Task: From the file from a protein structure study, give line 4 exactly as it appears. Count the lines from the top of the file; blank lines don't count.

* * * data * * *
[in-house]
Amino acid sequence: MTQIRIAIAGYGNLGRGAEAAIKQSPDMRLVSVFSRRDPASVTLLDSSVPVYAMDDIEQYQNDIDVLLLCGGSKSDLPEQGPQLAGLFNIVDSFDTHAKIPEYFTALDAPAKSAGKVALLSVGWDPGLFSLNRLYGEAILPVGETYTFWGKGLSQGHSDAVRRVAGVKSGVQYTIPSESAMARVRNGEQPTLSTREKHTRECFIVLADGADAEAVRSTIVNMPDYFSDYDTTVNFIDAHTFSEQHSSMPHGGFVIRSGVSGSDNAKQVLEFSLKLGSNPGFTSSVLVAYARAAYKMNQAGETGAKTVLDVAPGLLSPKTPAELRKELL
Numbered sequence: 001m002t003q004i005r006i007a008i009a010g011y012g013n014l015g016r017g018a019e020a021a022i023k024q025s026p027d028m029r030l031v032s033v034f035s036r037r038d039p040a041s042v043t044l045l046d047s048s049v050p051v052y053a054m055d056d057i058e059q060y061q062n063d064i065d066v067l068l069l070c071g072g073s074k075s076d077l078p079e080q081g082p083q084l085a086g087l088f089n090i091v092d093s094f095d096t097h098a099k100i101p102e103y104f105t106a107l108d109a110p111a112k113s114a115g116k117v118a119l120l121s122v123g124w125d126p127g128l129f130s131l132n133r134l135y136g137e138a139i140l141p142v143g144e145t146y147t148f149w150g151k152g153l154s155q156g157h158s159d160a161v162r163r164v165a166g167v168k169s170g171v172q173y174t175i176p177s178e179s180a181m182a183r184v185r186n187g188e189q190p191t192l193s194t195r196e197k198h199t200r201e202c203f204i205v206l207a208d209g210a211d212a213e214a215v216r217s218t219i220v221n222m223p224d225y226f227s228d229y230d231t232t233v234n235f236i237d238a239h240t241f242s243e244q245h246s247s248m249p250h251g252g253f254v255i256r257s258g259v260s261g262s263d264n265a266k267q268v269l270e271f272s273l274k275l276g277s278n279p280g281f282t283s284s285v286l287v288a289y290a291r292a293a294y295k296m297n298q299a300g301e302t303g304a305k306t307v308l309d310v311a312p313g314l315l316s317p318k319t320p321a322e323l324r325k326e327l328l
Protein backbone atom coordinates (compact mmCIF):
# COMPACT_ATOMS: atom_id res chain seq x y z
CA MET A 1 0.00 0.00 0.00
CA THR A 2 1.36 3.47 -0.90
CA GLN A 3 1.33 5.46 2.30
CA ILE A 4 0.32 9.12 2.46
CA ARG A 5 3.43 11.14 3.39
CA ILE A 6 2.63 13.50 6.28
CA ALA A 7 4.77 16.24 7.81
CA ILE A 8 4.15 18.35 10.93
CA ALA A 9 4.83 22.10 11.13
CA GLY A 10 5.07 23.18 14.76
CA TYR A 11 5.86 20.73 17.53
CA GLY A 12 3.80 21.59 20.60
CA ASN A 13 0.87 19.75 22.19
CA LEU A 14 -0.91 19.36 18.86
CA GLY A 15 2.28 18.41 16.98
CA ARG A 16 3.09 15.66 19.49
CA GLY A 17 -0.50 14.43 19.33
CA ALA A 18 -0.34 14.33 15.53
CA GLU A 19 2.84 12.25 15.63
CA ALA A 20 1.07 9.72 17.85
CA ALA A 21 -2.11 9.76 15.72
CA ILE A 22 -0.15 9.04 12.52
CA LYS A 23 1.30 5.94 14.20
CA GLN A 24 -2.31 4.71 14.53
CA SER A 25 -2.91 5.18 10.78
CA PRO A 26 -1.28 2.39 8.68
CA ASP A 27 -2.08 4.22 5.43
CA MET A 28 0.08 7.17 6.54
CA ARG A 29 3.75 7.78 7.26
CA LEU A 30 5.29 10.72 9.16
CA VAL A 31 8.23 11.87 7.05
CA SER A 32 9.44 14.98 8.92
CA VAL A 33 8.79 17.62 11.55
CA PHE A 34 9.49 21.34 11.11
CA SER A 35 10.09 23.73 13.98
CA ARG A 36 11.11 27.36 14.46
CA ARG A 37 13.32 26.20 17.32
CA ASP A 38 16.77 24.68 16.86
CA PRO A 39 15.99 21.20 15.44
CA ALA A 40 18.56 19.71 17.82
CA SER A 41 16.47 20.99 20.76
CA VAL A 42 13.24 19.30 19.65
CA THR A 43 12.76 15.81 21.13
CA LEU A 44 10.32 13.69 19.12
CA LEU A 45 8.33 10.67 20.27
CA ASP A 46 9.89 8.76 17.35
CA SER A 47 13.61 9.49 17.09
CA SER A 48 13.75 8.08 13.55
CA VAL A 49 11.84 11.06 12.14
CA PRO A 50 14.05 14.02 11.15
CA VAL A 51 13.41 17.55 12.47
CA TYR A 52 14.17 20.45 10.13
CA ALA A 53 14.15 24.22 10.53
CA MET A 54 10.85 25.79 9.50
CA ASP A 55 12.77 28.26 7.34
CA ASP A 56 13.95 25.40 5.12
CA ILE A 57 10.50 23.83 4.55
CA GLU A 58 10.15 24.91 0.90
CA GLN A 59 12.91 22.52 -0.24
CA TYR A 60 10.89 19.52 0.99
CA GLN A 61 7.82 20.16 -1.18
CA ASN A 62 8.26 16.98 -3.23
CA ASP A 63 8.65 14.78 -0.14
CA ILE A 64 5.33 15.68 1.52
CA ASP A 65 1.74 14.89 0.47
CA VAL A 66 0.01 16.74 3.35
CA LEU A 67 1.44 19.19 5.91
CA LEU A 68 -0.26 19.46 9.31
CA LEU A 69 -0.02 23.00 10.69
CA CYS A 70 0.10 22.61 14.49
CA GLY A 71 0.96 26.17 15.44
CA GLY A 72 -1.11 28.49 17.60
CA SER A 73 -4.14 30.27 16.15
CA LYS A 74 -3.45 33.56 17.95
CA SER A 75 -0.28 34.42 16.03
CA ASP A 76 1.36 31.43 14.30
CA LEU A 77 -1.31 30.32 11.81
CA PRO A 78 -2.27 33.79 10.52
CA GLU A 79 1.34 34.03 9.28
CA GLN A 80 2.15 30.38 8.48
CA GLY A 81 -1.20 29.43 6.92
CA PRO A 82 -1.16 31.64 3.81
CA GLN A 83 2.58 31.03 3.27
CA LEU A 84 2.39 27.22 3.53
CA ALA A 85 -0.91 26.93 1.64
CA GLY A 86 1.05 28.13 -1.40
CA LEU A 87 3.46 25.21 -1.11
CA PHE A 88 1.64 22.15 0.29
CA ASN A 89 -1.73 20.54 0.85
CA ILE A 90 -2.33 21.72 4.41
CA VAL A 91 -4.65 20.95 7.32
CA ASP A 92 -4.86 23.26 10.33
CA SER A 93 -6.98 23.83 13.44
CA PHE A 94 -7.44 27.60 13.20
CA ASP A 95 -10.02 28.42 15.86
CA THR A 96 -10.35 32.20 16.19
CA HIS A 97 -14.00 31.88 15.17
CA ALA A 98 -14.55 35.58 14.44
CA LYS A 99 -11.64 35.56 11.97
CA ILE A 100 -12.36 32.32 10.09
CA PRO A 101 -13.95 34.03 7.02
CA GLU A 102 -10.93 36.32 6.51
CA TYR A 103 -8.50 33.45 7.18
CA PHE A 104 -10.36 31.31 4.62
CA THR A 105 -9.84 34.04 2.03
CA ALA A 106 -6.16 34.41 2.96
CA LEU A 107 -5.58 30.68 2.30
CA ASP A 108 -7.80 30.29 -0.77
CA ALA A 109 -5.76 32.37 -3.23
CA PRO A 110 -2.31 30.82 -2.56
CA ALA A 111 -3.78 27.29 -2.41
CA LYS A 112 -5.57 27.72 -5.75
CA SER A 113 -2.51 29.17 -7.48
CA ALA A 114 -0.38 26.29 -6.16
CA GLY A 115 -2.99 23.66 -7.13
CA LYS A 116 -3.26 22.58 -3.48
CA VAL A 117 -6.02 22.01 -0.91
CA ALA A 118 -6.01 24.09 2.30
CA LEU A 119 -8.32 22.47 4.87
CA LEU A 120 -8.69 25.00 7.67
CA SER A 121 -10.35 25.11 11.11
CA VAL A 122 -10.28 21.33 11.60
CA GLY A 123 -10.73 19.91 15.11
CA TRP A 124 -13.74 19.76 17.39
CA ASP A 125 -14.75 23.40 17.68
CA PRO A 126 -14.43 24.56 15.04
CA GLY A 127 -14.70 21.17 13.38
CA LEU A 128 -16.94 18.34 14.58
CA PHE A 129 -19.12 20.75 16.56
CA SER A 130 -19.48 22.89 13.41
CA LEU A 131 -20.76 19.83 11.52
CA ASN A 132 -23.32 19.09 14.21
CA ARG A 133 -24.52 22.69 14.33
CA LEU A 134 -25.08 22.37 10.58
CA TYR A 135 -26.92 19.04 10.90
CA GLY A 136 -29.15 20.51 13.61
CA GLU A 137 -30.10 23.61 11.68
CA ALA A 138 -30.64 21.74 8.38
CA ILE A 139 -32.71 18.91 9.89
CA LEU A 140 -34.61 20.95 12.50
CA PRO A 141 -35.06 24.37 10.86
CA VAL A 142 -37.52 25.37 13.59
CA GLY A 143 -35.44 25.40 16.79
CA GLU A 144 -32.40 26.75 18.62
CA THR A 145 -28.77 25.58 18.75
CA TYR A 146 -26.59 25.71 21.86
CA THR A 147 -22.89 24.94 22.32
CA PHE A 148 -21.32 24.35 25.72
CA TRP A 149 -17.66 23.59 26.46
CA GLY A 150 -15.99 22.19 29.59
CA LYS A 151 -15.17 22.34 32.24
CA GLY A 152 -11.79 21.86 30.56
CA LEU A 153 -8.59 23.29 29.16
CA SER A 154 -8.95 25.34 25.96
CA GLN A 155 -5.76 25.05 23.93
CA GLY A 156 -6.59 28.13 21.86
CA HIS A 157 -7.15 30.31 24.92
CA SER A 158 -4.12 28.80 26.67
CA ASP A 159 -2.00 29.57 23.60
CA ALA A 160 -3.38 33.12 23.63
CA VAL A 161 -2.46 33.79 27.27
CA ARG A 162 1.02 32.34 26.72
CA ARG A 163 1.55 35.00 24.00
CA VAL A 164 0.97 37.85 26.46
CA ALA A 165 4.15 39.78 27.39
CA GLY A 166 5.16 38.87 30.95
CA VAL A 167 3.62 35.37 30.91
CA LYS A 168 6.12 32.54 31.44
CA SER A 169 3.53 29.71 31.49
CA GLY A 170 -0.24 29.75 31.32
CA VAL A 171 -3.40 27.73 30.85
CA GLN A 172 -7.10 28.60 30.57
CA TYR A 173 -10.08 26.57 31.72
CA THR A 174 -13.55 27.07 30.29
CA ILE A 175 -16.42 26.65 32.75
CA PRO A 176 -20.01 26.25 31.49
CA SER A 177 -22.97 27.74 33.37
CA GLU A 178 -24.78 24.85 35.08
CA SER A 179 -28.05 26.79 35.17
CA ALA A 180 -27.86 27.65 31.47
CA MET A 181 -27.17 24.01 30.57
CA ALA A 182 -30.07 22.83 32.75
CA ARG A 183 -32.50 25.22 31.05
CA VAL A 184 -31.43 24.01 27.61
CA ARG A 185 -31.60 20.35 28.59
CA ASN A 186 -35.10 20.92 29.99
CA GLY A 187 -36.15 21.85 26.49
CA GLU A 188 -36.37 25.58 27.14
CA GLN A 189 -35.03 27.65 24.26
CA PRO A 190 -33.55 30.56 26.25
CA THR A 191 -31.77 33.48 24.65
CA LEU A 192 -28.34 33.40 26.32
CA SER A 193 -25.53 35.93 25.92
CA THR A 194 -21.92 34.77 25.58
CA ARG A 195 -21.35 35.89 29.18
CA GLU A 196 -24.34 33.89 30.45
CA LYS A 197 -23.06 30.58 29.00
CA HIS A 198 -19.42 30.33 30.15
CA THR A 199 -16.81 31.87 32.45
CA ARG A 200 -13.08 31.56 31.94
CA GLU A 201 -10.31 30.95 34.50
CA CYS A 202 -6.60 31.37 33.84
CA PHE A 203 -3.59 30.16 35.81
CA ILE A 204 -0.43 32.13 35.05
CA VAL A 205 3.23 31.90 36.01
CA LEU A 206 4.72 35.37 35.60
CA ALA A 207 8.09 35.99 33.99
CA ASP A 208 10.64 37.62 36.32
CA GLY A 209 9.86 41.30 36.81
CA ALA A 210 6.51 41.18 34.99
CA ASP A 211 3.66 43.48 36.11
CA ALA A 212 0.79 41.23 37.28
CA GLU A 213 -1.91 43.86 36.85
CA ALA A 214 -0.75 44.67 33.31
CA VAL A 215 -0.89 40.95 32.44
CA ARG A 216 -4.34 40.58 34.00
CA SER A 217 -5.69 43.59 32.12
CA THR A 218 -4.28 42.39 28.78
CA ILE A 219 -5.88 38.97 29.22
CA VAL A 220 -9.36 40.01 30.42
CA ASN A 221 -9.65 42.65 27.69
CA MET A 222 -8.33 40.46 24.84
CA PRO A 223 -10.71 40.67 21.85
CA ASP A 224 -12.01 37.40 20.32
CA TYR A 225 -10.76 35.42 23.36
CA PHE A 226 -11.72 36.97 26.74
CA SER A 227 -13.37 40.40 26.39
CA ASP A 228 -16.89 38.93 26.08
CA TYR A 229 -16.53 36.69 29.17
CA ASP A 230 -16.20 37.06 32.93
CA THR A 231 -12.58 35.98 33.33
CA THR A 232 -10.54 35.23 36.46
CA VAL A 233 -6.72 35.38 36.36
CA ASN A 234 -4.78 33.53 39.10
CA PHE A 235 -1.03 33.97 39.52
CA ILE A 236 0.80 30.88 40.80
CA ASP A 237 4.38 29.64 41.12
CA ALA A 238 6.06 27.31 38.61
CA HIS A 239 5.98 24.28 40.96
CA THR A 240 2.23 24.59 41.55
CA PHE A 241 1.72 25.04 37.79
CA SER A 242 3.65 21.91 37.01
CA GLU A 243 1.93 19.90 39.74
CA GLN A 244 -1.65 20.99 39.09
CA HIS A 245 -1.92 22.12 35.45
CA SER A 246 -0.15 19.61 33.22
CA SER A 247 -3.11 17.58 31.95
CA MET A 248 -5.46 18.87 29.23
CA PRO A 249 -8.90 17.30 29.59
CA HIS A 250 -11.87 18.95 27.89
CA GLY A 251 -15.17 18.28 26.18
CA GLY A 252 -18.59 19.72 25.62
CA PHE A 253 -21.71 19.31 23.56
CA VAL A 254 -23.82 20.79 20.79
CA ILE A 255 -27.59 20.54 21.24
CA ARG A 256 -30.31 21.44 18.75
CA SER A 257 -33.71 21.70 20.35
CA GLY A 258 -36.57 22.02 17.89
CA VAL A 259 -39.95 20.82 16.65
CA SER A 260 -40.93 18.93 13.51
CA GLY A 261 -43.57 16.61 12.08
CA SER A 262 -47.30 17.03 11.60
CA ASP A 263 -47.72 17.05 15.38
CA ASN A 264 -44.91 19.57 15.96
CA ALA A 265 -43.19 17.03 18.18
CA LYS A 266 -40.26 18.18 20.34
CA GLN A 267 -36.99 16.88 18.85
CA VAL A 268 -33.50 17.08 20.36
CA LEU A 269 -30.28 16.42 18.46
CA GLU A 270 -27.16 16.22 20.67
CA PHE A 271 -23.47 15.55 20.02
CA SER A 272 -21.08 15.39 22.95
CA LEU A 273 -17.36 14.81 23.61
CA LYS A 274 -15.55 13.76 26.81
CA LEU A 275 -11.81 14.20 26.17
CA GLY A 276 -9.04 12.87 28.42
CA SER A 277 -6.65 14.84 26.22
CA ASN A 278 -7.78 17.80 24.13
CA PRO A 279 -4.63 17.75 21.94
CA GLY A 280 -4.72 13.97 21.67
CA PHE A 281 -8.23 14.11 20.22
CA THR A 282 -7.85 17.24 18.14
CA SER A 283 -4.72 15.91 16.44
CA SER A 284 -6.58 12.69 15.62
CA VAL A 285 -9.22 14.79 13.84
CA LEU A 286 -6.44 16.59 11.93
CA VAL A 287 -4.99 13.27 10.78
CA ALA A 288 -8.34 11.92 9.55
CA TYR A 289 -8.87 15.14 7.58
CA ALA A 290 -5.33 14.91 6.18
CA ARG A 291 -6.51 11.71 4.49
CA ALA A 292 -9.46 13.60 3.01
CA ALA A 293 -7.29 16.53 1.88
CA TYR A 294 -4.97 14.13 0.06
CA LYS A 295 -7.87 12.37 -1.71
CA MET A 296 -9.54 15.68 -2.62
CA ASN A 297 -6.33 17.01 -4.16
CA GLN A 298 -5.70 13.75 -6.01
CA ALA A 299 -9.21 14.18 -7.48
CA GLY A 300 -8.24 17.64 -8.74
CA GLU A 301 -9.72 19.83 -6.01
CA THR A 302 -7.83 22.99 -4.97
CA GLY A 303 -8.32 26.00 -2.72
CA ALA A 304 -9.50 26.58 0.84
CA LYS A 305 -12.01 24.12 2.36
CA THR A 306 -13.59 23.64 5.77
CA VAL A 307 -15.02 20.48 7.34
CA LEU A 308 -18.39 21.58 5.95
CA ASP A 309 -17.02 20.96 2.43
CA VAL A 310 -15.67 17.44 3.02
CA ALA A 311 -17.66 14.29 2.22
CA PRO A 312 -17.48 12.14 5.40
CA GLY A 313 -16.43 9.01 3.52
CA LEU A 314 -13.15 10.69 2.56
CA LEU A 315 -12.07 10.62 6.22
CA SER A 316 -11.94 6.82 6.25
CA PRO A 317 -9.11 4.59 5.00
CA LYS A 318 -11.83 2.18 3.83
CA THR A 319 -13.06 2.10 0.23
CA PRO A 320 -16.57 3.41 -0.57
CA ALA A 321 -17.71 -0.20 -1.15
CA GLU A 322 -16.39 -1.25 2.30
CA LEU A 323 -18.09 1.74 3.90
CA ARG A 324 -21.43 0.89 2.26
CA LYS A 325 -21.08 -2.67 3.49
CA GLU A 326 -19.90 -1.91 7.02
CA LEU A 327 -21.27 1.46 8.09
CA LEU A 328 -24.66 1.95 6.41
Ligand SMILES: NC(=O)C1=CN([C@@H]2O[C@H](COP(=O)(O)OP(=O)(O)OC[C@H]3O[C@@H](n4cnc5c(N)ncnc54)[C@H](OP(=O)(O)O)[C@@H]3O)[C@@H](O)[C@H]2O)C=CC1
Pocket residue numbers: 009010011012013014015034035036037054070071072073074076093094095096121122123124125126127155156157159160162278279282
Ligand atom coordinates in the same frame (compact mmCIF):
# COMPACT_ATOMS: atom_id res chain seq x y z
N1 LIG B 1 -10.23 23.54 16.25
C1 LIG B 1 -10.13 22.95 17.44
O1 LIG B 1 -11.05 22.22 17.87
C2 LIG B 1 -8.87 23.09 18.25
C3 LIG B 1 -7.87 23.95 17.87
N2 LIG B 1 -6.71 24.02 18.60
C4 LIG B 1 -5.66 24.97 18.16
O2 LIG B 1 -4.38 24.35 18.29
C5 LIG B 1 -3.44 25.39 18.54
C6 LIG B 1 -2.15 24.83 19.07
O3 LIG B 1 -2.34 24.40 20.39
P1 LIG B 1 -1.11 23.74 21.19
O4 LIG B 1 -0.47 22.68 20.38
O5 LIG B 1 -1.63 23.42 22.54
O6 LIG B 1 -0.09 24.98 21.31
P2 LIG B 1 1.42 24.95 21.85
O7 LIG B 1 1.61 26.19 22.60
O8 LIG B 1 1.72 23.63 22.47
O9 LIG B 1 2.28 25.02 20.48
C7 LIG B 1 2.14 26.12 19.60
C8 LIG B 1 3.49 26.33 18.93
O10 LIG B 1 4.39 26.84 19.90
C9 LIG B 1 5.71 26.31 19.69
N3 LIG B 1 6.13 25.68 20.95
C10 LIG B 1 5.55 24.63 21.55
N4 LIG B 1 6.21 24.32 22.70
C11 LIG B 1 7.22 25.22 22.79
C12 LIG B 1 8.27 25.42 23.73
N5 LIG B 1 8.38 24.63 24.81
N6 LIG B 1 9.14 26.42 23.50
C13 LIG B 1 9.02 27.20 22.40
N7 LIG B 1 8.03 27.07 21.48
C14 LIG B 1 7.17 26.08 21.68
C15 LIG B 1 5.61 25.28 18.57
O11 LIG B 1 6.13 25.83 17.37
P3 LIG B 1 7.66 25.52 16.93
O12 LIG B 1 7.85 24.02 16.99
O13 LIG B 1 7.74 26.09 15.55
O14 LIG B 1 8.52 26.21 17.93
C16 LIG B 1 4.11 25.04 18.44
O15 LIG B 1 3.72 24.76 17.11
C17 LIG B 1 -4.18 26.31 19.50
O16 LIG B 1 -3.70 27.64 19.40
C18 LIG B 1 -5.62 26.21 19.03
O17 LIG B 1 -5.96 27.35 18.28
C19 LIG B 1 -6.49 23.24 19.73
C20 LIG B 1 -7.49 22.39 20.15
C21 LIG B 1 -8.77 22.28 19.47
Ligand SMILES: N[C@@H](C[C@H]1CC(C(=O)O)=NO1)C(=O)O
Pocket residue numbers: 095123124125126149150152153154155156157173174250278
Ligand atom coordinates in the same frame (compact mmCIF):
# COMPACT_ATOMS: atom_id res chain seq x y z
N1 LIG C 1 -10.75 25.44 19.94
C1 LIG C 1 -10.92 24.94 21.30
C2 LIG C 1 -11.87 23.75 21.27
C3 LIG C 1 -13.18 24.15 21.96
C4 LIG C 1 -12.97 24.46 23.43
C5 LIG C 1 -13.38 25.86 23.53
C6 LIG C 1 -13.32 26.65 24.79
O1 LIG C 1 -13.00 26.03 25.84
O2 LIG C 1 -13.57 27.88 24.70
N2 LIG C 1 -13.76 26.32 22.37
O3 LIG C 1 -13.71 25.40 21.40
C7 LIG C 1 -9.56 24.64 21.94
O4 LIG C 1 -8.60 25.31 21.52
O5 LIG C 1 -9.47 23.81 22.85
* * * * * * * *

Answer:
Protein backbone atom coordinates (compact mmCIF):